Defending our world one soul at a time
Ryan Reynolds hasn't had great luck with being in movies that are a bit off kilter or comic based as of late. He had that debacle with the CG-heavy suit of Green Lantern, and there was that (not really his fault) terrible excuse of a Deadpool in the Wolverine. R.I.P.D. was another movie that seemed to be a box office swing and miss, but we have a question here: Is there a reason behind it's less than stellar performance, or does this movie still have a pulse?
Nick (Ryan Reynolds) is a good cop, and after he and his partner Hayes (Kevin Bacon) take some gold they found at a crime scene he feels guilty about keeping it and wants to turn it in. He tells Hayes of this, and how he can keep his share of the gold because he won't rat him out - but when the two launch a massive raid on a known drug dealer, Nick finds himself getting gunned down. Now dead and proceeding to judgement, Nick's soul is ripped over into an office where he's informed that he can be employed as a officer of the Rest In Peace Department, who monitors and arrests deados - dead folks who refuse to go to their judgement. As a bit of punishment towards an unruly officer, Nick gets assigned as rookie to one Roy (Jeff Bridges) - which is short for a much more elaborate and silly name., but apparently classy back in the wild west.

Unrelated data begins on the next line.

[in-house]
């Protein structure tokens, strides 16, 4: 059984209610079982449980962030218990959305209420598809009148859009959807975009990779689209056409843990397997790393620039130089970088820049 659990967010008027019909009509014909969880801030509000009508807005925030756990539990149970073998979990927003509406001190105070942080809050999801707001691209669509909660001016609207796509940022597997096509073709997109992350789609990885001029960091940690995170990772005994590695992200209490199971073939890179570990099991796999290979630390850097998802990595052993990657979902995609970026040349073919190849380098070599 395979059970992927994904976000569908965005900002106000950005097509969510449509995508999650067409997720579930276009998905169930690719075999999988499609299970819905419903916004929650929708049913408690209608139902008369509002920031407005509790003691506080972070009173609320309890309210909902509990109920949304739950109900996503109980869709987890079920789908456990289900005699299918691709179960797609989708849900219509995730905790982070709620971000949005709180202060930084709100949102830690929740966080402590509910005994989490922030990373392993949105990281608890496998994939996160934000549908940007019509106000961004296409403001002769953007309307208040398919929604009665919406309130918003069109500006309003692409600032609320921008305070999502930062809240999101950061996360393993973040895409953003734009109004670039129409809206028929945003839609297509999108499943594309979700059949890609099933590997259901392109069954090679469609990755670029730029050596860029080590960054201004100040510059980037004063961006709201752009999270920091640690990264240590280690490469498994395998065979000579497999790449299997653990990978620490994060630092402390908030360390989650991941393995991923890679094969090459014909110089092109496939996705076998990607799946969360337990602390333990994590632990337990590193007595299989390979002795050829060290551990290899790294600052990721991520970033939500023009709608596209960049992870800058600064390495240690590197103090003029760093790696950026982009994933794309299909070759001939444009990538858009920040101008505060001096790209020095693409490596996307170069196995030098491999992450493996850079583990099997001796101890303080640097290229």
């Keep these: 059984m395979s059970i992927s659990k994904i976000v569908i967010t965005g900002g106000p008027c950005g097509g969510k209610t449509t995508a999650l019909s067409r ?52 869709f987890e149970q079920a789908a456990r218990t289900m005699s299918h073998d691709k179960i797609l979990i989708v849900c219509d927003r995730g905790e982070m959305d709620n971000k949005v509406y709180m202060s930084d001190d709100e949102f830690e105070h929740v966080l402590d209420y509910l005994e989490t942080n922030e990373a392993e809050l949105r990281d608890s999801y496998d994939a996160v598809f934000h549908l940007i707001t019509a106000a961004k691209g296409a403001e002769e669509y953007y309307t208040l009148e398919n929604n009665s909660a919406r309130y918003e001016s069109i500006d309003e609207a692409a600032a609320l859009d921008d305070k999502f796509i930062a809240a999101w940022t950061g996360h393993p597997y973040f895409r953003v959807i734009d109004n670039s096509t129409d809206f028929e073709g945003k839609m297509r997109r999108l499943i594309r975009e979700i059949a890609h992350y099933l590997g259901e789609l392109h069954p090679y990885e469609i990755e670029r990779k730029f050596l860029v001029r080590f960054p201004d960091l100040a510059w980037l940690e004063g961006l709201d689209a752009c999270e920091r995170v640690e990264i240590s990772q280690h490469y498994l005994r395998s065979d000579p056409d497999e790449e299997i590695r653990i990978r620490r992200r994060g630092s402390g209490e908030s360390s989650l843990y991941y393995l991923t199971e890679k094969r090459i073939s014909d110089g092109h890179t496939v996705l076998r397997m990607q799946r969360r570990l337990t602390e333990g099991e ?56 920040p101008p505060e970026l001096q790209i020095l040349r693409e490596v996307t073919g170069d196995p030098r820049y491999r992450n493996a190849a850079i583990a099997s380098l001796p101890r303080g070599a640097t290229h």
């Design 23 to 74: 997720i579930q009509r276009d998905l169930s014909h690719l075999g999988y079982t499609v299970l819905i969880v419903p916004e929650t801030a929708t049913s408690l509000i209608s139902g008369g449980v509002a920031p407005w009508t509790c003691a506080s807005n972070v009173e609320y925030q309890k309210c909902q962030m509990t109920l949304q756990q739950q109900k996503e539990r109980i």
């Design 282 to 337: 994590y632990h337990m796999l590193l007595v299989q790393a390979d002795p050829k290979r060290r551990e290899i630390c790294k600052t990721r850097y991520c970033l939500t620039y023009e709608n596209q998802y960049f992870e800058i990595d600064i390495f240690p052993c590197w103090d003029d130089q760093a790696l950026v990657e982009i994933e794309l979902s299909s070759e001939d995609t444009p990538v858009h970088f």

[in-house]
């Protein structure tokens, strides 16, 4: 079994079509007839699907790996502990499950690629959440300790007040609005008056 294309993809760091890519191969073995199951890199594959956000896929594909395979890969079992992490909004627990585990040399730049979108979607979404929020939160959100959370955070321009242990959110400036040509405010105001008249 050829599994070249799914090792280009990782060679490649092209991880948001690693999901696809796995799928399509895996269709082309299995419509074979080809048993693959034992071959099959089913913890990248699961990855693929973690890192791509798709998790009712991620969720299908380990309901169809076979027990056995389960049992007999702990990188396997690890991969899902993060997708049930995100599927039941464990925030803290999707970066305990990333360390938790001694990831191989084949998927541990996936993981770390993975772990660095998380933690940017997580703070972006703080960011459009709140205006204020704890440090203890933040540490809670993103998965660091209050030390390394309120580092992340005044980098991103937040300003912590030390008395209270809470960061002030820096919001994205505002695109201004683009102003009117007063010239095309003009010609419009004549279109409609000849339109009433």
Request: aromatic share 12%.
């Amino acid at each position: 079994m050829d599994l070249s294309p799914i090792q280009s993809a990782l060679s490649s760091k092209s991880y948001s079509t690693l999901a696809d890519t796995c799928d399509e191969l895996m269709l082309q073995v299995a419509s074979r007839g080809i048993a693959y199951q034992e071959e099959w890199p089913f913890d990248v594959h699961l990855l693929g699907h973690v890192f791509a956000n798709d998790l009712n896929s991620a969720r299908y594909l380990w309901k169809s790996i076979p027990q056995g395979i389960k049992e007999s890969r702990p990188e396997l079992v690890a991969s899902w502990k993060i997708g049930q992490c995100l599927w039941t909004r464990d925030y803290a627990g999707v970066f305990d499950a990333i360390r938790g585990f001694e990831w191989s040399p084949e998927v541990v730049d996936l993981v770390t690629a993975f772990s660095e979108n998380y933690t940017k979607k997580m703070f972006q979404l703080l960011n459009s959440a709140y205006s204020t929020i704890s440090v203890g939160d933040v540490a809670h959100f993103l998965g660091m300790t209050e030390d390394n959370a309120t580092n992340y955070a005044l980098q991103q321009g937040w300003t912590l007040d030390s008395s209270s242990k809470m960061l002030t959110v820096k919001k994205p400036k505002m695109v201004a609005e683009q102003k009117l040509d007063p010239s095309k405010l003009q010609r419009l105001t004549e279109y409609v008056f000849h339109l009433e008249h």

As the two work together they grow on each other, as would any buddy cops style scenario. Along the way, the stumble across some gold that is rather familiar to Nick, and they discover that the Deados are planning something big. So big, in fact, that it would reverse the flow of the dead to judgement, instead leaving them on Earth to plague the living. Deados themselves look like everyday people until "popped," a phenomena caused through being exposed to the cumin in indian food, although they tend to have a "stank" about them that causes things to break. The only way to kill something that's already dead can be found in a special bullet (that by the final showdown both sides seem to have) finding it's way into the dead folk's head resulting in a fancy little smoke dissolve.
The universe can't just have dead folks walking around so noticeable though, so members of the R.I.P.D. are given alternate "bodies" through which everyone else sees - in the case of Nick, this is an asian man whose banana is actually the gun assigned to Nick by the R.I.P.D. and for Roy a "smoking hot" lady (opinions may vary). Although this makes sense from a standpoint of working better than all the dead folks being invisible somehow interacting with everything, it also comes off feeling like at least partially it was done for the sake of comedy moments spread throughout the movie. The main way for R.I.P.D. Boston to get back in the streets from H.Q. happens to be a VCR repair store in case you were wondering, because "When's the last time you had a VCR repaired?"